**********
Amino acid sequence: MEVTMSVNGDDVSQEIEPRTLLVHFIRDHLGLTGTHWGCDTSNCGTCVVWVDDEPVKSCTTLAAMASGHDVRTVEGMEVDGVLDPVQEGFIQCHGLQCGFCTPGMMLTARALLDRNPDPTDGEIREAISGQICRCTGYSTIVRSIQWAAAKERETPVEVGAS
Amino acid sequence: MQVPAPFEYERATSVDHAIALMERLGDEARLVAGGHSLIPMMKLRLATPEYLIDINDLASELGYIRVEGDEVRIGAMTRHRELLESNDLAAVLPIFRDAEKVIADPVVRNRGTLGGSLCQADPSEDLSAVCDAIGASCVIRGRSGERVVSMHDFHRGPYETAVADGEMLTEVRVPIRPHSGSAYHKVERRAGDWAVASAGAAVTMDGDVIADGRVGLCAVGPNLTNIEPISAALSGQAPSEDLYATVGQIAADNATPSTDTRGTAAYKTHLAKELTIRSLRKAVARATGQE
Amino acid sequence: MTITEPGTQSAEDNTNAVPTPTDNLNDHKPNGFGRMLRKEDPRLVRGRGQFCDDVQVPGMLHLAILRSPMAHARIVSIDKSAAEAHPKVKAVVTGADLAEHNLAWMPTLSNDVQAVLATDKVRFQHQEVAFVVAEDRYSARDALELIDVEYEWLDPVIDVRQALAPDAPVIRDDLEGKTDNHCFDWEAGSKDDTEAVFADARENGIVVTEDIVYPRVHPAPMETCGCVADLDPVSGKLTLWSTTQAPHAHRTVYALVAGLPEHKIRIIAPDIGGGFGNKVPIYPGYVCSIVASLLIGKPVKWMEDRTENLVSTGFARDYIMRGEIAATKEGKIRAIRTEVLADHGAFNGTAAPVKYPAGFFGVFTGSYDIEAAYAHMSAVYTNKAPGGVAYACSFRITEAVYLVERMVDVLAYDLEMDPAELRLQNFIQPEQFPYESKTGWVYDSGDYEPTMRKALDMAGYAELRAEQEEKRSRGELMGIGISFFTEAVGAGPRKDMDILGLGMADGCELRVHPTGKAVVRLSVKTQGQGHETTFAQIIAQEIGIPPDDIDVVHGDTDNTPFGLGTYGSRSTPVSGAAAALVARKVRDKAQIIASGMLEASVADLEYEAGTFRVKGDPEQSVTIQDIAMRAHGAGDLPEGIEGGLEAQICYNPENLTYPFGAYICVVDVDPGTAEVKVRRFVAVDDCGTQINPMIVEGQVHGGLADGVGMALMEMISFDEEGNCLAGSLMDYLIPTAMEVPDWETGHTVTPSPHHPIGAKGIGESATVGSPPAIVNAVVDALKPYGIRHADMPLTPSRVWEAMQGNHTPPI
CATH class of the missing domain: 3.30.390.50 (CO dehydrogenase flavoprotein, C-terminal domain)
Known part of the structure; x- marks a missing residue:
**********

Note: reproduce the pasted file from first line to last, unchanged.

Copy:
Amino acid sequence: MEVTMSVNGDDVSQEIEPRTLLVHFIRDHLGLTGTHWGCDTSNCGTCVVWVDDEPVKSCTTLAAMASGHDVRTVEGMEVDGVLDPVQEGFIQCHGLQCGFCTPGMMLTARALLDRNPDPTDGEIREAISGQICRCTGYSTIVRSIQWAAAKERETPVEVGAS
Amino acid sequence: MQVPAPFEYERATSVDHAIALMERLGDEARLVAGGHSLIPMMKLRLATPEYLIDINDLASELGYIRVEGDEVRIGAMTRHRELLESNDLAAVLPIFRDAEKVIADPVVRNRGTLGGSLCQADPSEDLSAVCDAIGASCVIRGRSGERVVSMHDFHRGPYETAVADGEMLTEVRVPIRPHSGSAYHKVERRAGDWAVASAGAAVTMDGDVIADGRVGLCAVGPNLTNIEPISAALSGQAPSEDLYATVGQIAADNATPSTDTRGTAAYKTHLAKELTIRSLRKAVARATGQE
Amino acid sequence: MTITEPGTQSAEDNTNAVPTPTDNLNDHKPNGFGRMLRKEDPRLVRGRGQFCDDVQVPGMLHLAILRSPMAHARIVSIDKSAAEAHPKVKAVVTGADLAEHNLAWMPTLSNDVQAVLATDKVRFQHQEVAFVVAEDRYSARDALELIDVEYEWLDPVIDVRQALAPDAPVIRDDLEGKTDNHCFDWEAGSKDDTEAVFADARENGIVVTEDIVYPRVHPAPMETCGCVADLDPVSGKLTLWSTTQAPHAHRTVYALVAGLPEHKIRIIAPDIGGGFGNKVPIYPGYVCSIVASLLIGKPVKWMEDRTENLVSTGFARDYIMRGEIAATKEGKIRAIRTEVLADHGAFNGTAAPVKYPAGFFGVFTGSYDIEAAYAHMSAVYTNKAPGGVAYACSFRITEAVYLVERMVDVLAYDLEMDPAELRLQNFIQPEQFPYESKTGWVYDSGDYEPTMRKALDMAGYAELRAEQEEKRSRGELMGIGISFFTEAVGAGPRKDMDILGLGMADGCELRVHPTGKAVVRLSVKTQGQGHETTFAQIIAQEIGIPPDDIDVVHGDTDNTPFGLGTYGSRSTPVSGAAAALVARKVRDKAQIIASGMLEASVADLEYEAGTFRVKGDPEQSVTIQDIAMRAHGAGDLPEGIEGGLEAQICYNPENLTYPFGAYICVVDVDPGTAEVKVRRFVAVDDCGTQINPMIVEGQVHGGLADGVGMALMEMISFDEEGNCLAGSLMDYLIPTAMEVPDWETGHTVTPSPHHPIGAKGIGESATVGSPPAIVNAVVDALKPYGIRHADMPLTPSRVWEAMQGNHTPPI
CATH class of the missing domain: 3.30.390.50 (CO dehydrogenase flavoprotein, C-terminal domain)
Known part of the structure; x- marks a missing residue: